Facebook is displaying advertisements for well-known American corporations on group pages operated by overseas wildlife traffickers illegally selling the body parts of threatened animals, including elephant ivory, rhino horn and tiger teeth. In a secret complaint filed with the Securities and Exchange Commission, wildlife preservation advocates allege that Facebook's failure to stop illicit traders using its service for illegal activity violates the social network's responsibilities as a publicly traded company.
Facebook didn't respond to requests for comment. Its CEO, Mark Zuckerberg, was expected to testify on Capitol Hill on Tuesday about other issues.
The complaint, a copy of which was provided to The Associated Press, was initially filed in August on behalf of an undercover informant represented by the National Whistleblower Center, a non-profit legal advocacy group. The identity of the informant, who recorded video of face-to-face meetings with wildlife traffickers set up over Facebook, has been kept confidential out of safety concerns.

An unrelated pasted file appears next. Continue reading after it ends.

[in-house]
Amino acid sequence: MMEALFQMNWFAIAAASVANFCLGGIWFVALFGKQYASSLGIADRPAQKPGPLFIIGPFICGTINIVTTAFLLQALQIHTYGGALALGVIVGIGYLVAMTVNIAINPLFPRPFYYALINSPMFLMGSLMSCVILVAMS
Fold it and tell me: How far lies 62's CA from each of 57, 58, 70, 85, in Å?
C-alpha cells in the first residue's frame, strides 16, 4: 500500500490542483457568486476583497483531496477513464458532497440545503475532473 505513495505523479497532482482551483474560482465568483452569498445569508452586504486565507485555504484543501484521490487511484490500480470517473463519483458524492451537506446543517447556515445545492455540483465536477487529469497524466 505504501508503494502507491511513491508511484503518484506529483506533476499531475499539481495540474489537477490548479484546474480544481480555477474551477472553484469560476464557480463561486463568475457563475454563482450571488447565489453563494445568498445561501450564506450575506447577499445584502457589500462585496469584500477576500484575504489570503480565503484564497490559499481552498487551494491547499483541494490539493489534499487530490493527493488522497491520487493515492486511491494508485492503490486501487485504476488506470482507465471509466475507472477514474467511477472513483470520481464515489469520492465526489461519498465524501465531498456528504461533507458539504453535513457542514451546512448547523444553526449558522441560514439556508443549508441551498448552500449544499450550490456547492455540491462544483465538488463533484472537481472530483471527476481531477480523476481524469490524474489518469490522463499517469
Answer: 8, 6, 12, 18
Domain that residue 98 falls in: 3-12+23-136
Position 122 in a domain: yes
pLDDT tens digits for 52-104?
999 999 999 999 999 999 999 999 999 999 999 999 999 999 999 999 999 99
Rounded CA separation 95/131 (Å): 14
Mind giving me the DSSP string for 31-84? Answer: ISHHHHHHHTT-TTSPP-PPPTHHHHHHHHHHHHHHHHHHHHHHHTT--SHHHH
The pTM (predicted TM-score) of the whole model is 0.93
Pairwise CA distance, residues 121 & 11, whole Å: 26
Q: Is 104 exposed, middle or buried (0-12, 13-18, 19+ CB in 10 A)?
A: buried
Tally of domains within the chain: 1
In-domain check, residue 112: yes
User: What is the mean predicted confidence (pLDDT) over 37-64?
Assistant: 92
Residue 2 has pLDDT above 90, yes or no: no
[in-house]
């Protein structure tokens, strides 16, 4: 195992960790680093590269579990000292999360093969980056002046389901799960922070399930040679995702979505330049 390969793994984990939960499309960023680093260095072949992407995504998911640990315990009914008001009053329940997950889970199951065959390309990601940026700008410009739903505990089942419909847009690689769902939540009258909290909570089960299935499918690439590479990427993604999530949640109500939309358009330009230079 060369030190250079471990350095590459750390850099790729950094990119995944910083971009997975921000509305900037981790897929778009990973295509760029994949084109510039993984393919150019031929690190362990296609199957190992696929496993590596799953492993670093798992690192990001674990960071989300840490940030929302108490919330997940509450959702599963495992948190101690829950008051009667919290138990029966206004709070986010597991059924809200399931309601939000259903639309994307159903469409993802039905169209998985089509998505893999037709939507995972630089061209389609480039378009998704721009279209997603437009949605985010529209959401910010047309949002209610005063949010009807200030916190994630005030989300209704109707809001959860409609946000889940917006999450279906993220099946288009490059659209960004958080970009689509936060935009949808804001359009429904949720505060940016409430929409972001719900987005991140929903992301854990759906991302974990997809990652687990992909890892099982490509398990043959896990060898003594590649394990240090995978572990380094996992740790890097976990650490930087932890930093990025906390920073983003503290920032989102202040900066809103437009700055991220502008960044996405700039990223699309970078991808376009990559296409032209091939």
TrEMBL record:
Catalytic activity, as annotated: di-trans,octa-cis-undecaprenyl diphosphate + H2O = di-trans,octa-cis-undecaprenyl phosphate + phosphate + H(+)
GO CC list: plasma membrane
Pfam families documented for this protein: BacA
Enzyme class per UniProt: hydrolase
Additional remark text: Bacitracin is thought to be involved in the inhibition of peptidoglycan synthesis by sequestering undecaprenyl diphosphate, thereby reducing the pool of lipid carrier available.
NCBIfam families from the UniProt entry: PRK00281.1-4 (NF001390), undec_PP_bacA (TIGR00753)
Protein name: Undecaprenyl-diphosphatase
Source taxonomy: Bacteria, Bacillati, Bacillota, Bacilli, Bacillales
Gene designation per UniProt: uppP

The SEC declined to comment Monday on whether the whistleblower complaint triggered an investigation of the company.
"Facebook is not an innocent bystander to these crimes," said Stephen Kohn, executive director of the National Whistleblower Center. "Facebook sold advertisements on the very pages the illegal ivory was being marketed."
Facebook is one of 20 technology companies that last month joined the Global Coalition to End Wildlife Trafficking Online, which was organized by Google and the World Wildlife Fund. Weeks after the March 7 announcement, an AP reporter was able to see scores of internationally banned wildlife products for sale in public and private Facebook groups, most based in Southeast Asia.